“In our chemistry room, there’s an emergency shower in case you get chemicals on you and you’re burning. And if you turn it on there’s no drain for the shower. So it will just leak down to the library and the server room.”
Monkton senior Aidan May and a number of science buffs described the chemistry and biology classrooms as possibly unsafe and definitely outdated. The pipes that used to carry gas for Bunsen burners are sealed off, the fume hoods are used for storage and the space has to be cleaned out before you can use the fume hood for an experiment.
“In one of the biology rooms, there used to be sinks on the desks but they covered those up with pieces of wood. And there’s holes in there, and people put garbage down into where the old sinks used to be.”
May also noted that because the chemistry classroom is set up for a lab (with groups clustered around lab tables), it doesn’t work well for lecture/discussion and if someone wants to start a lab but others are doing paperwork, all the paperwork has to be moved off the desk before the lab work can begin.
“I think we have great science teachers,” May said. “I think the whole program would really be improved from a new facility for our safety and for the improvement of learning.”
Several students talked about enjoying being in musicals and what a large performance space Mount Abe offers for students and for the community. But they giggled when they described frequent enough mishaps with the auditorium’s seating.
“I’ve witnessed at least twice where people have sat down on a chair and gone to stand up and the whole chair came with them. And the little desk things are broken off of some chairs. They’re just not great,” said 11th-grader Elizabeth Siminitus of Starksboro. Siminitus, who does the fall musical every year and is in the band, also noted that “the stage has a few problems where we’re not allowed to go barefoot on the stage because of splinters and safety issues.”
May noted that “every year a couple (of auditorium chairs) break for sure. Sometimes they’ll just tip over on people. I think my grandfather came to a play one year and his chair broke underneath him.”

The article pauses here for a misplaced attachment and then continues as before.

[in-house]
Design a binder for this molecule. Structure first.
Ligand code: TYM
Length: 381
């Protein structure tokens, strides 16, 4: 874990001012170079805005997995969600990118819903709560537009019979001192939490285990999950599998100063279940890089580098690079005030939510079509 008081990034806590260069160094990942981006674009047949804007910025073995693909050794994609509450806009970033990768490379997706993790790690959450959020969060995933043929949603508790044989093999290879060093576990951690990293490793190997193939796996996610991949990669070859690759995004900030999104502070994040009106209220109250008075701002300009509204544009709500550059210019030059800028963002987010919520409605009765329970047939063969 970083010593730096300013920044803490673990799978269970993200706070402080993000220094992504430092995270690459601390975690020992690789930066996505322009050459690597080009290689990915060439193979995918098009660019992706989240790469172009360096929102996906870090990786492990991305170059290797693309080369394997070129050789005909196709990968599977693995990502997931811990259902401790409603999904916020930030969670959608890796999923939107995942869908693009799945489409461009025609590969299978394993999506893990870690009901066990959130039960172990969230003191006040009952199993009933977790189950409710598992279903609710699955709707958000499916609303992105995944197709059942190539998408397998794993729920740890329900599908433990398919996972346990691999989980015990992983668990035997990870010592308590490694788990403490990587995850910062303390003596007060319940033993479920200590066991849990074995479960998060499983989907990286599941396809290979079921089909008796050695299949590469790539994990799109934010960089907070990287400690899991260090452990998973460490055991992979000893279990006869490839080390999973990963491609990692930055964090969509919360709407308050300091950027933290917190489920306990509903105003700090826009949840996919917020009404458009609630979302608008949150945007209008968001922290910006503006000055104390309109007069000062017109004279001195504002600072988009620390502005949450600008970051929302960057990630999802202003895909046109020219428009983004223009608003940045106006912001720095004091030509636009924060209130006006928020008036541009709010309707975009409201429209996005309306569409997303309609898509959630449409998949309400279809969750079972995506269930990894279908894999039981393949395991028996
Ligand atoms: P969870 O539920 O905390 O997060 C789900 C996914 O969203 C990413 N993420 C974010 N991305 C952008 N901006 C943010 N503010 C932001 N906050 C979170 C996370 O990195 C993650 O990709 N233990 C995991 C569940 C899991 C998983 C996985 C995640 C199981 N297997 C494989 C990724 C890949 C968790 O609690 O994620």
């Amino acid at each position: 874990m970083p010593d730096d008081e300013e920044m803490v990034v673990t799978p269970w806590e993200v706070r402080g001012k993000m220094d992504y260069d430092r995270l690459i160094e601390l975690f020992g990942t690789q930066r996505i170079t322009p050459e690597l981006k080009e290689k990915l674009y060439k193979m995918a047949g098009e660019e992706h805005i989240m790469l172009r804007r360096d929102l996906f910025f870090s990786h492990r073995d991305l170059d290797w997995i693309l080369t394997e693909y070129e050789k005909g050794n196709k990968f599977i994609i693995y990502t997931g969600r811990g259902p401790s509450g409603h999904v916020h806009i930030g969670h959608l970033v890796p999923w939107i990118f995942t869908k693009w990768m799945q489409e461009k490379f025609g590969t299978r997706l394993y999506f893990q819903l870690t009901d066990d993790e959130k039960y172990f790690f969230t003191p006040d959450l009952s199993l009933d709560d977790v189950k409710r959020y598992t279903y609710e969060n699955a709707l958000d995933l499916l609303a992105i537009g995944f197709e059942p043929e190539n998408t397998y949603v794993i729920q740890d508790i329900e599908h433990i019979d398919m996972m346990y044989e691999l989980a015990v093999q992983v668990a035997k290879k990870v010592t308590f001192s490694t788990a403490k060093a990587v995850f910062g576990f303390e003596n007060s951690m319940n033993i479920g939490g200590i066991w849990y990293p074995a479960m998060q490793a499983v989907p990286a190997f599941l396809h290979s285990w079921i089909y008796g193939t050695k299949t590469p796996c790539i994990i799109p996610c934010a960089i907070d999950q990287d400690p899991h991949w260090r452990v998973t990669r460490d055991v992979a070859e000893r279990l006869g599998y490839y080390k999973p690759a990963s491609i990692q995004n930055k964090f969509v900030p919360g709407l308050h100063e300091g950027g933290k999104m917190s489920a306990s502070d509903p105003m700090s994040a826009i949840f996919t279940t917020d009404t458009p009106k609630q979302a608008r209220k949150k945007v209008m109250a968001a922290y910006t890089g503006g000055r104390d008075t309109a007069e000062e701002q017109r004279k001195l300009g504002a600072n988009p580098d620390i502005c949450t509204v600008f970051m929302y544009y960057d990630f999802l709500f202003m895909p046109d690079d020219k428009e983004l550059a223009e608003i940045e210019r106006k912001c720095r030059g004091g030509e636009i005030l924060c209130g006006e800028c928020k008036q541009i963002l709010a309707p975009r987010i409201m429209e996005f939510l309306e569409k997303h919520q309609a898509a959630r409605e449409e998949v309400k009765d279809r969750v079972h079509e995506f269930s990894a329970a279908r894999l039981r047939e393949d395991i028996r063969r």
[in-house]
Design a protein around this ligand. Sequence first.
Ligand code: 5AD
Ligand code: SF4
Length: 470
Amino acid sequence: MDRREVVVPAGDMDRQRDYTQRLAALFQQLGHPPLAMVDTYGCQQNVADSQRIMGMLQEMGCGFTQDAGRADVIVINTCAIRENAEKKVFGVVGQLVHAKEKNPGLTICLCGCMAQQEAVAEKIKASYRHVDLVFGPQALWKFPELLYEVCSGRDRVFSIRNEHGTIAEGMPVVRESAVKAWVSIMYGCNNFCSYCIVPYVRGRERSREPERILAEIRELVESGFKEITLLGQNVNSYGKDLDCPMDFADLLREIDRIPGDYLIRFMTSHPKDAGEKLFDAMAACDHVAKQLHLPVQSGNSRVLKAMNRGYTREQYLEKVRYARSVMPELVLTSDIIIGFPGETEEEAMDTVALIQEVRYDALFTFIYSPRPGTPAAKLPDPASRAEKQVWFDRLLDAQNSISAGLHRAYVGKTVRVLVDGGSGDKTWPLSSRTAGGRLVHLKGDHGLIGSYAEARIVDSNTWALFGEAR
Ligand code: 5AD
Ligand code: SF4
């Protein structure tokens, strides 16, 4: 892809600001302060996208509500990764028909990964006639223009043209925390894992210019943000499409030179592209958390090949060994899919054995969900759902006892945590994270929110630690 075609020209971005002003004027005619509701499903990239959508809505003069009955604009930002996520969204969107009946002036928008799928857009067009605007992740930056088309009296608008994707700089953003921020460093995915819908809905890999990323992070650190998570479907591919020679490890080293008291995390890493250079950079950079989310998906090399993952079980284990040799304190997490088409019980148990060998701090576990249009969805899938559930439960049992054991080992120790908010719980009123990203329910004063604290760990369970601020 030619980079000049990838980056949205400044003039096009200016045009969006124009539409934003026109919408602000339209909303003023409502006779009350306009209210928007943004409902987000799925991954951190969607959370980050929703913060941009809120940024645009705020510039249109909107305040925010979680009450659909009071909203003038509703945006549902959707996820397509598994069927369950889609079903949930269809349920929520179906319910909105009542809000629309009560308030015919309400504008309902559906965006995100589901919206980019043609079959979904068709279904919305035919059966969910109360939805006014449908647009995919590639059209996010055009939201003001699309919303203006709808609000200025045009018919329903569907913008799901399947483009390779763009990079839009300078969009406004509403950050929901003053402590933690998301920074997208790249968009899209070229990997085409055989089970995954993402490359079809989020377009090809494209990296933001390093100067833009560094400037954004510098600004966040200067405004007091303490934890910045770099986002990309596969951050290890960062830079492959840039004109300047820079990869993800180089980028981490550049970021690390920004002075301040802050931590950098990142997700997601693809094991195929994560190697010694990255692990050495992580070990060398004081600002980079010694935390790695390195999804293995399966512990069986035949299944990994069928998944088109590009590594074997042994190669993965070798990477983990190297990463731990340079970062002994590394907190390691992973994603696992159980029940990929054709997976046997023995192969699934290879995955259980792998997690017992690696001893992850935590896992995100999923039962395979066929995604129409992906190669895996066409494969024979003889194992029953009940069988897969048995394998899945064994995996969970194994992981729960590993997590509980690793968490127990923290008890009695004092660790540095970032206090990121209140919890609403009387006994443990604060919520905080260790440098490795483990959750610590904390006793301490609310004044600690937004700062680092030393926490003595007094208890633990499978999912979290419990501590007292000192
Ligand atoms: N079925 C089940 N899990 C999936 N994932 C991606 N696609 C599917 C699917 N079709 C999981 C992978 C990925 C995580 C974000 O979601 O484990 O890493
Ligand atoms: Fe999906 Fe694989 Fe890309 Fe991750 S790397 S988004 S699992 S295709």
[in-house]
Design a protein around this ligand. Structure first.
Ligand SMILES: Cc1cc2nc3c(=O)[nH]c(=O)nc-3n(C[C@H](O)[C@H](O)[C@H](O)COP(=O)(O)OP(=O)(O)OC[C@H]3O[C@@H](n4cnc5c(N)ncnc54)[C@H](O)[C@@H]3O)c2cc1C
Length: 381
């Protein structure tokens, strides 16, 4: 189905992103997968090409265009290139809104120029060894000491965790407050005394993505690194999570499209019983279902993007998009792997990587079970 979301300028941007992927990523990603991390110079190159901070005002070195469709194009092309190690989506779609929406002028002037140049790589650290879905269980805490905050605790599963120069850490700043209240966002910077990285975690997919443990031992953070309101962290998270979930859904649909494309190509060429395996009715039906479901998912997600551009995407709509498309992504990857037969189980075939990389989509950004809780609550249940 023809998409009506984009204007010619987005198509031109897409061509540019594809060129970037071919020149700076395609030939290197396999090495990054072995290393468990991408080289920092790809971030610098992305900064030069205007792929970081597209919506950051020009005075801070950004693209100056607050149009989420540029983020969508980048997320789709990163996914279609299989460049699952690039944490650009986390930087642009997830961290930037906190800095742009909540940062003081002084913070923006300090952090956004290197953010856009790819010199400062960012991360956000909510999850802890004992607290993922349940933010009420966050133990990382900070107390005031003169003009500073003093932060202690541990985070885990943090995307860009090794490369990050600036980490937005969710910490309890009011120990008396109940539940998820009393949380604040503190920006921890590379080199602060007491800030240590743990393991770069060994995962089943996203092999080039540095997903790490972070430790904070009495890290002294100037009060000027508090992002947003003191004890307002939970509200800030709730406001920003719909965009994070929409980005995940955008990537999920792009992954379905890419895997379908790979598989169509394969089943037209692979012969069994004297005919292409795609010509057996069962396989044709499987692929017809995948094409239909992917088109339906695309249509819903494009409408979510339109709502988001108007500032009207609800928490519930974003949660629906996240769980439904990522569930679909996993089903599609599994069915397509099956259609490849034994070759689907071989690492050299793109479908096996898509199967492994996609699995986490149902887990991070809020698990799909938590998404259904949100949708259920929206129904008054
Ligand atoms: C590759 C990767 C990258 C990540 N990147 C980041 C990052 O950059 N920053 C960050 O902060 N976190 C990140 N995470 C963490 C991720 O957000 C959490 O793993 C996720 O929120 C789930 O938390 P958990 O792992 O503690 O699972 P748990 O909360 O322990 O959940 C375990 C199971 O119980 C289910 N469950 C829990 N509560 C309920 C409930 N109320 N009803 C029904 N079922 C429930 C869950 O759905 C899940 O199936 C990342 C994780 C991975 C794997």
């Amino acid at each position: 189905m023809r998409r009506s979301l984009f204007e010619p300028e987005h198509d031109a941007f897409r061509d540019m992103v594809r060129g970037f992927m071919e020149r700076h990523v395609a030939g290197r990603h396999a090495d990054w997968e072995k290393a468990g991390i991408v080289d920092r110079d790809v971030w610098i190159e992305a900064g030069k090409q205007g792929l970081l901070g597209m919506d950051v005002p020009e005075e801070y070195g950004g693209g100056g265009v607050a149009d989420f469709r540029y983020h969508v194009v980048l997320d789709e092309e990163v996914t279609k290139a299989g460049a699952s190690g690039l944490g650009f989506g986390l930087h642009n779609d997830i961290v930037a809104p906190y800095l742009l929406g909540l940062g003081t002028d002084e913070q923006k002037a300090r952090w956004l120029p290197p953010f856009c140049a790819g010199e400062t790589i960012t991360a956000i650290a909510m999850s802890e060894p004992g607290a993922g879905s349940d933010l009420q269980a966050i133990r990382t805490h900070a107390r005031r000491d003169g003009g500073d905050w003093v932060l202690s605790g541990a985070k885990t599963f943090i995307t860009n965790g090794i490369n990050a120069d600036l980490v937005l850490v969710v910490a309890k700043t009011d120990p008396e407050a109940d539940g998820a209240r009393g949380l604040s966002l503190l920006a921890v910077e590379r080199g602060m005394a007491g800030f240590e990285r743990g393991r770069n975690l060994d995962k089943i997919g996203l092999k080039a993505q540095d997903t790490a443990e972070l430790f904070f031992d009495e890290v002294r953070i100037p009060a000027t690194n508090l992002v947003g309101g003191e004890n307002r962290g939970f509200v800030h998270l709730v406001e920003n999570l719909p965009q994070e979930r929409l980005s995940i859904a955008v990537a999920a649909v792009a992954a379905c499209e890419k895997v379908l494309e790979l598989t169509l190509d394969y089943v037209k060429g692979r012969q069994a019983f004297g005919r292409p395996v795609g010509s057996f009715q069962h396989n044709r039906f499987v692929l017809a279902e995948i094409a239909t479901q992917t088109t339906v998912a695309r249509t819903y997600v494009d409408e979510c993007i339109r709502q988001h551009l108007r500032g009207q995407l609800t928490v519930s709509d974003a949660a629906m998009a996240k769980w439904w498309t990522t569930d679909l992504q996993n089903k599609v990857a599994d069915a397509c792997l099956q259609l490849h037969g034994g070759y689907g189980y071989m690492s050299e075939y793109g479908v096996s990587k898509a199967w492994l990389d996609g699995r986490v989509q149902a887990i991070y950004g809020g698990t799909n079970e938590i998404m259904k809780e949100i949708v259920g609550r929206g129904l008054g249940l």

OK AS IT IS
Some students offered the opinion that things are just fine as they are.
“I don’t see the point of the renovation, really. Like we already have a library, and we have a town library so why would you put it at the front of the school for other people to use? I think that’s just a hassle,” said Bristol 9th-grader Hannah Marcum.
She continued: “I think people want the renovation because it’s kind of like an old school. And there’s some things that are like — well the ceilings they leak and they break and they have holes and there’s cracks in the floor and the locker rooms are really dirty.”
Marcum described a leak in the ceiling in her English class last year. Asked if that detracted from her learning, she said no:
“The leak in the ceiling was definitely like a distraction, but I wouldn’t say it was like a big difference for me.”
Starksboro student Will Martin said he thought the renovation plan was “excessive.”
“There’s no secret about it, this school is old. But I think the big thing is we work around a lot of things. There are some things I think should be changed. But there are also plenty of things that maybe they’re not what you would see in a Burlington high school or the Middlebury high school, but for a community as small as the five towns I think it works. I think we make it work. And I think we do a great job with that as a school.”
HUMOR, SPIRIT, RESILIENCE
Nevertheless, for many the overall look and feel of the school doesn’t match the spirit and education that students find inside.
Said Aidan May: “The school doesn’t look especially welcoming, which is sad to me because we are a very welcoming school. From the outside it looks a little intimidating and utilitarian. I think we’ve tried to improve it and make the space bright and happy because that’s what kind of school we are. I just don’t think the school really reflects who our teachers are and what we can get from this school.”
But perhaps 11th-grader Joe Berg’s story takes the cake in demonstrating students’ determination to keep the focus on their studies whatever the built environment might or might not bring.
“I was in Spanish class and a snake came out from under the windowsill from the wall in the new wing,” Berg said. “So, yeah, from that I can only wonder what’s going on in the walls of the old wing. I feel like it kind of fits into the renovation piece because I don’t think we want snakes coming in and out of the walls.”
Reporter Gaen Murphree is at firstname.lastname@example.org.